In this essay “If Hitler Asked You to Electrocute a Stranger, Would You? Probably”, Philip Meyer (reporter for the Esquire) writes about a social psychologist named Stanley Milgram. Milgram began his career as a psychology professor at Yale University in 1960. He is a Jewish man who was in one way or the other effected by Nazis. So he planed to prove that Germans were different by scientific experimentation.
He wanted to prove that Germans are different because they obeyed Hitler and did his dirty work. So Milgram developed a laboratory experiment to measure obedience level of Americans and Germans. So with the results he could conclude that Germans are more obedient. He was highly motivated to find the truth in his hypothesis mostly because of his Jewish Background.
Milgram’s experiment was in a play format in which everyone was an actor except for one person. This person was the subject of the experiment. Obviously this person was not aware of the experiment and thought of it as real life. The experiment worked like this: the subject read an ad asking for volunteers for an experiment. The ad also said the experiment would take about an hour and pay $4. 50.
So the subject goes to The Yale Interaction laboratory. Inside He meets two men one of the men is the experimenter who’s says he is Jack Williams. The other man looks like a regular citizen. But before the experiment starts the Jack tells both men that if you want to you can leave at any time during the experiment and you still would be paid $4. 50. Then jack begins to explain the experiment.
The essay, "The Perils of Obedience," by Stanley Milgram, proves through consistent experiments that very few people can resist orders that come from authority figures. Diana Baumrind, author of "Review of Stanley Milgram's Experiments on Obedience," criticizes Milgram on a few situations involved with the experiment that she disagreed with. Milgram performed the experiment to research the amount ...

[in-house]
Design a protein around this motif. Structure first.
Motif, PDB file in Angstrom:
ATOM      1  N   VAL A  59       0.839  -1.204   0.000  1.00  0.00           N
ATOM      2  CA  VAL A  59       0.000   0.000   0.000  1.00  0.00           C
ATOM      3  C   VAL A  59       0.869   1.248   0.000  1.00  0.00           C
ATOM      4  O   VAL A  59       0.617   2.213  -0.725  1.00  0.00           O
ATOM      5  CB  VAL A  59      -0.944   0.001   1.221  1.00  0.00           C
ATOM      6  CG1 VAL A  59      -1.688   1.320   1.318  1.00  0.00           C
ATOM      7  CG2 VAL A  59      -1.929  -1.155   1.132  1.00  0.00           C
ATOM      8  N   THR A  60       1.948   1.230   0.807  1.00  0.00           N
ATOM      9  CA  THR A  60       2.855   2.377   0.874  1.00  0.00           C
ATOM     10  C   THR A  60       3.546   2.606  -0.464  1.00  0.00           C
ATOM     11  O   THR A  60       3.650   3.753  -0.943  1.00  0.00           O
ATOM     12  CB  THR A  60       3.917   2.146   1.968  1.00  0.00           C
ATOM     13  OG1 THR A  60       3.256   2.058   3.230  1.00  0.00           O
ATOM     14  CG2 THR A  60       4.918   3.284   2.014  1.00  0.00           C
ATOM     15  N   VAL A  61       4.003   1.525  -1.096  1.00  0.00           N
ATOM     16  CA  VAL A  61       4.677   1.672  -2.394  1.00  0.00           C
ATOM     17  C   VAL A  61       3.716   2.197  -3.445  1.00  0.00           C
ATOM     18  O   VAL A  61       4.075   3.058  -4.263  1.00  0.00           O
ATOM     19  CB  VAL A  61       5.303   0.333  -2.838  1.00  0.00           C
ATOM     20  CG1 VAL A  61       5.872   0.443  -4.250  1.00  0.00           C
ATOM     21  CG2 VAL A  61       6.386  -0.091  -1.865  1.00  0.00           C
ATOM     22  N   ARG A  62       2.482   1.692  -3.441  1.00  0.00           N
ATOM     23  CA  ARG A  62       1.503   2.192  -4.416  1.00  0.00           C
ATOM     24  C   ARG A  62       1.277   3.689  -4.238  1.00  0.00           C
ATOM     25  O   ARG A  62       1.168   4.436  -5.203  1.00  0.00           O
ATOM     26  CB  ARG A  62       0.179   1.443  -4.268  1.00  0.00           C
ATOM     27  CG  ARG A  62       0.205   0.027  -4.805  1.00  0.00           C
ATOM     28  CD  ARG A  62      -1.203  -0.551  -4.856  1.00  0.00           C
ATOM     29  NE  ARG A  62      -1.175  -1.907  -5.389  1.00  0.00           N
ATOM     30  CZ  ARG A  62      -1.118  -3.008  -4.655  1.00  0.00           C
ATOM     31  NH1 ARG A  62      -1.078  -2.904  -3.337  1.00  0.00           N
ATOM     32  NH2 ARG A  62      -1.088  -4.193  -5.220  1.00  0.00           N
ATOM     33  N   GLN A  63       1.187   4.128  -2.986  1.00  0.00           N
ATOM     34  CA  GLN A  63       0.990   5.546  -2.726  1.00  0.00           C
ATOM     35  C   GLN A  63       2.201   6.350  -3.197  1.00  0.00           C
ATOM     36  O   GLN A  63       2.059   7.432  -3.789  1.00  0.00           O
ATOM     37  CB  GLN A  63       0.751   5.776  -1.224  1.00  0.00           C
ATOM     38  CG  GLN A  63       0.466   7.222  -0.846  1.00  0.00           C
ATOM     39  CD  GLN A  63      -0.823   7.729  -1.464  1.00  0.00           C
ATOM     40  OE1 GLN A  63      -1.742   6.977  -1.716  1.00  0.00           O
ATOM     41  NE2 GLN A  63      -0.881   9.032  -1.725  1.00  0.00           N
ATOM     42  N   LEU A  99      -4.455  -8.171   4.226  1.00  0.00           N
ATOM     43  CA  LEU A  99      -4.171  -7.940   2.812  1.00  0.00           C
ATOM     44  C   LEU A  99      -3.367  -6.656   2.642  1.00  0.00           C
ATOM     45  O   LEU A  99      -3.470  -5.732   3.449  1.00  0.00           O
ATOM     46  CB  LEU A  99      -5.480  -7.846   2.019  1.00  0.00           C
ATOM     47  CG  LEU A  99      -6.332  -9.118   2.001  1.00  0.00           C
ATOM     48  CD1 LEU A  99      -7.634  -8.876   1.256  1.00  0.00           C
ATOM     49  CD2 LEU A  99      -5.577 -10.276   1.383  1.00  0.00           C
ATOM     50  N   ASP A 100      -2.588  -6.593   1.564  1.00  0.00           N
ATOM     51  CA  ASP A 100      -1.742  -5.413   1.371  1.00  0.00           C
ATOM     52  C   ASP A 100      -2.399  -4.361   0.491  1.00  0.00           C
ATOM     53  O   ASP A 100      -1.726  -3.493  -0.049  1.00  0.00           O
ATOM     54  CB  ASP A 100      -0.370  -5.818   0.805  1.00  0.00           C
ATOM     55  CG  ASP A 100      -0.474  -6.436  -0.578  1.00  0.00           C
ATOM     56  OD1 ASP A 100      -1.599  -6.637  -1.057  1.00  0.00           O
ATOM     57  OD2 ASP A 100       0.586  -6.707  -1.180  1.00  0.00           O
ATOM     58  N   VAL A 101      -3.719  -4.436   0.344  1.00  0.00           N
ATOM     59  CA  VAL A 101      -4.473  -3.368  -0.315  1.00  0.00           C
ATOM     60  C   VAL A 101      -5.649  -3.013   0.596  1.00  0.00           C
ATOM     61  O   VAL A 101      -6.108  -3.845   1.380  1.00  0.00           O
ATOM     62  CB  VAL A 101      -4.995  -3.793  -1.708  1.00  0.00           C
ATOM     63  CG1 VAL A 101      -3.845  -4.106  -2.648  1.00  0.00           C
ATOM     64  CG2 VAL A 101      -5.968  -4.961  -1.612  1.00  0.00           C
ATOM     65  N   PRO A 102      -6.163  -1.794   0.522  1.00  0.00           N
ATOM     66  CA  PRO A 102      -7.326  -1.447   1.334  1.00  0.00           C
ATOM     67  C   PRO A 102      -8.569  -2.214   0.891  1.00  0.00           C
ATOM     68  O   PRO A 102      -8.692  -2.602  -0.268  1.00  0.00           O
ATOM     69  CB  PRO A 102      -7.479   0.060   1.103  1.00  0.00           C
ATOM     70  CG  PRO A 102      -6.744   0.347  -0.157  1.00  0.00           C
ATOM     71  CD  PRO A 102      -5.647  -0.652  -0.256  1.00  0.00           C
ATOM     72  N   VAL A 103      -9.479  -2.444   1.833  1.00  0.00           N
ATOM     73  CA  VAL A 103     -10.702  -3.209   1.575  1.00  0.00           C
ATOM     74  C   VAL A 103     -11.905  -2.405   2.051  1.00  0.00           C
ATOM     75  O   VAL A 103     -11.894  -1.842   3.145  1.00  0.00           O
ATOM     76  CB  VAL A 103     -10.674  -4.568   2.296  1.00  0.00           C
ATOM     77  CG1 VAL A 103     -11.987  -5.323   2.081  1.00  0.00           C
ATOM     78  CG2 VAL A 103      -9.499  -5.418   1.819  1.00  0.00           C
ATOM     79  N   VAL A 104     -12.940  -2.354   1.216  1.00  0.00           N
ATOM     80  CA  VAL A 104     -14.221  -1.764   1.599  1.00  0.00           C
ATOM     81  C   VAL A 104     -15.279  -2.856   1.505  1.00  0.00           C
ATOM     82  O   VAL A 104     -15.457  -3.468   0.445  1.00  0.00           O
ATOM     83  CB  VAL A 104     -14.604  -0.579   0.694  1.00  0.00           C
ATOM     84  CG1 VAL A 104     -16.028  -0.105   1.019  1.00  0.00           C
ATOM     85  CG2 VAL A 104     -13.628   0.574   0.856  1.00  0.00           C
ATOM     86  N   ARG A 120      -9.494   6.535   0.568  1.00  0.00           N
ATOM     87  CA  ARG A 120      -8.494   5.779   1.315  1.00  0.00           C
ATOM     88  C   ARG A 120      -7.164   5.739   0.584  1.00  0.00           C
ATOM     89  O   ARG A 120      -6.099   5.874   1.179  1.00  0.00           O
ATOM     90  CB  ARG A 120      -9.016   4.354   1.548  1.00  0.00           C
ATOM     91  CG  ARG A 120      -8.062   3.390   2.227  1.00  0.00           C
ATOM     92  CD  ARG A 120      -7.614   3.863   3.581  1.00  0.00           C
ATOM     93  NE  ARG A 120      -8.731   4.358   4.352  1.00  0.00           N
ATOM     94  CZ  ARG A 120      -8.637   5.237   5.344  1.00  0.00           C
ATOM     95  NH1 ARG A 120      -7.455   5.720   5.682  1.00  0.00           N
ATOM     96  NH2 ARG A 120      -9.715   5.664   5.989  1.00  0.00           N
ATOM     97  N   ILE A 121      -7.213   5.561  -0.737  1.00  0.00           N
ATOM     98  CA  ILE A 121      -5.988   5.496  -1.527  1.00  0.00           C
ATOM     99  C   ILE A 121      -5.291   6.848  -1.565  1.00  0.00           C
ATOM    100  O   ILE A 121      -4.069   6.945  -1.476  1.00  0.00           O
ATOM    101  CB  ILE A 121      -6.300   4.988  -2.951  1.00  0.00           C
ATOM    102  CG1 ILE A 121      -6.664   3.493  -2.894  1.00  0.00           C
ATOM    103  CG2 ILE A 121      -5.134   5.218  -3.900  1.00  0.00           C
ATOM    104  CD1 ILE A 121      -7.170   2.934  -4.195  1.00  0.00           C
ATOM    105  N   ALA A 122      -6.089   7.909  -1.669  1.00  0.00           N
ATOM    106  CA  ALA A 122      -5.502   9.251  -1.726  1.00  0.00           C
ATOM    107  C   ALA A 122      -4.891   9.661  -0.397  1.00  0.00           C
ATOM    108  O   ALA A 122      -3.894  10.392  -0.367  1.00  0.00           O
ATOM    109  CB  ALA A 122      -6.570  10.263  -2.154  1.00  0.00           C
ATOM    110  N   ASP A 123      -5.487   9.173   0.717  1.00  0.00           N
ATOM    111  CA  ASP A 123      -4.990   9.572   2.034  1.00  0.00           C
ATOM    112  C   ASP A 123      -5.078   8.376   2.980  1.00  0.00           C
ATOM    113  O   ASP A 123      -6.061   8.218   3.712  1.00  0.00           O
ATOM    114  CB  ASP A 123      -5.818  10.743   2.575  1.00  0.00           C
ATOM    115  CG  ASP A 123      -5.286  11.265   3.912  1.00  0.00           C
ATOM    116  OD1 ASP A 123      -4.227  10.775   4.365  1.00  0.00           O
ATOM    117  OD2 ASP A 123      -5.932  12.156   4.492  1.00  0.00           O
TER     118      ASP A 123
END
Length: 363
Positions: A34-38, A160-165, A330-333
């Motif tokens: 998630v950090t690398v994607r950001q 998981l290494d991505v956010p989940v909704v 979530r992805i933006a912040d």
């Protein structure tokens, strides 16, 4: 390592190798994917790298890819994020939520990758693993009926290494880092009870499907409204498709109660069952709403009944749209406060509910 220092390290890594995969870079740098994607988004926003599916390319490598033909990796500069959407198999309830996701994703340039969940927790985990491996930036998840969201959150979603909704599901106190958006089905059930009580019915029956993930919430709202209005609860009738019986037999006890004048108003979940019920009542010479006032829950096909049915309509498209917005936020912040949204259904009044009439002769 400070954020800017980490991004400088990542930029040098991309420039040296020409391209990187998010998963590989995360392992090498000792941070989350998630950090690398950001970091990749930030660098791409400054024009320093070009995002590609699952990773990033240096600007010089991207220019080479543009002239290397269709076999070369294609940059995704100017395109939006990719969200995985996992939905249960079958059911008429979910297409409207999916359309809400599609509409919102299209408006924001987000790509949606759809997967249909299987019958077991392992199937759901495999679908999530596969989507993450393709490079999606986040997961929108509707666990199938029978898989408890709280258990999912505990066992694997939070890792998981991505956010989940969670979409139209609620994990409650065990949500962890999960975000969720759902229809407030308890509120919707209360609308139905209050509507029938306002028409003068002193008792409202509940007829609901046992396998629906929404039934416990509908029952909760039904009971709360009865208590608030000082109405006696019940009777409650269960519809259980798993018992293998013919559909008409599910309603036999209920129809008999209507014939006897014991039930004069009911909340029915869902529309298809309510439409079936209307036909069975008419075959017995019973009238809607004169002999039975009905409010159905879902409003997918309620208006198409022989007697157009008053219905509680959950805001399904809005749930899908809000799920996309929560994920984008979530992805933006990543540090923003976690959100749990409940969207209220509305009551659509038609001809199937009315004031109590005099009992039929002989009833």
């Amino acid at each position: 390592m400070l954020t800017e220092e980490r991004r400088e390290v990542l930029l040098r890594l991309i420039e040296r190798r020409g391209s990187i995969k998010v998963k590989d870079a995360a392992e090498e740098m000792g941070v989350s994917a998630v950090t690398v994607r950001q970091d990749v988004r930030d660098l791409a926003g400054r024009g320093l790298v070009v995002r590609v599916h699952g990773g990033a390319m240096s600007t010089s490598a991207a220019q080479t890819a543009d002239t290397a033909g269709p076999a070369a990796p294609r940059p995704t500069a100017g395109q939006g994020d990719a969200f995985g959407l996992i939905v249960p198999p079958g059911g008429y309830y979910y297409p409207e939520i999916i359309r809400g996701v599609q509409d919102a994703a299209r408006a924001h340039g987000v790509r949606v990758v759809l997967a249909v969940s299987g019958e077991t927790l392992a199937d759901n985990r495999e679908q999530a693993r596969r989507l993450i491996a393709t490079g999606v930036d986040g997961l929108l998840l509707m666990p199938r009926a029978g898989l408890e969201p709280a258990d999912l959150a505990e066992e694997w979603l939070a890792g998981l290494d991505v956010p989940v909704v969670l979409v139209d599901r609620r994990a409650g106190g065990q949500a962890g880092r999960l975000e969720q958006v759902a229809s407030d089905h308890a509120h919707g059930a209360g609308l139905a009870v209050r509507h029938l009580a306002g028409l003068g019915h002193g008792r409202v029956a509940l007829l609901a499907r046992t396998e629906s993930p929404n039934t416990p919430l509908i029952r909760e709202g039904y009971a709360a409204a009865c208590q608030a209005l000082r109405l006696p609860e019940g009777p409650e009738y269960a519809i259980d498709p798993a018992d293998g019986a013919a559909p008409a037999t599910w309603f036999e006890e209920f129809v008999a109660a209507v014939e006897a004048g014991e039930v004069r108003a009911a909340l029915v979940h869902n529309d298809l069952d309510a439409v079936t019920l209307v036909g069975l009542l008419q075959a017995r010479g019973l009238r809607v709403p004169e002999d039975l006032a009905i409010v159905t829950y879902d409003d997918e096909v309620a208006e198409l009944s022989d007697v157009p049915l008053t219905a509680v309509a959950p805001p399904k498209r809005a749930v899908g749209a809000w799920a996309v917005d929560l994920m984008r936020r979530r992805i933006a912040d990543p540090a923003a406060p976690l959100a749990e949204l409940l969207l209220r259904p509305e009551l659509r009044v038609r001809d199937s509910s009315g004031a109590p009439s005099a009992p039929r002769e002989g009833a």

He tells them that it’s about learning and negative reinforcement. The negative reinforcement in this experiment is an electric shock. Then Jack puts two pieces of paper in the hat and shakes them. Both papers say “teacher” but the one subject who is not the actor thinks that the other paper he didn’t pick says “learner.” After the teacher and the learner are selected they are enlighten more about the experiment. The teacher gives some material to learner to memorize. After the memorization is done the learner will be ask number of question.
The teacher will be asked to administer an electric shock of increasing intensity to a “learner” for each mistake he made during the experiment. The range of increasing intensity was from 15 volts up 450 volts max. Some times when the teachers questioned the experimenter, asking to stop but the experimenter tells him to continue because he takes full responsibility if there was some thing terrible to happen. Teacher seemed to accept the response and continue shocking, even though some were clearly uncomfortable in doing so. After doing the experiments many times Stanley Milgram concluded that Americans are obedient people and he didn’t need to take the experiment to Germany.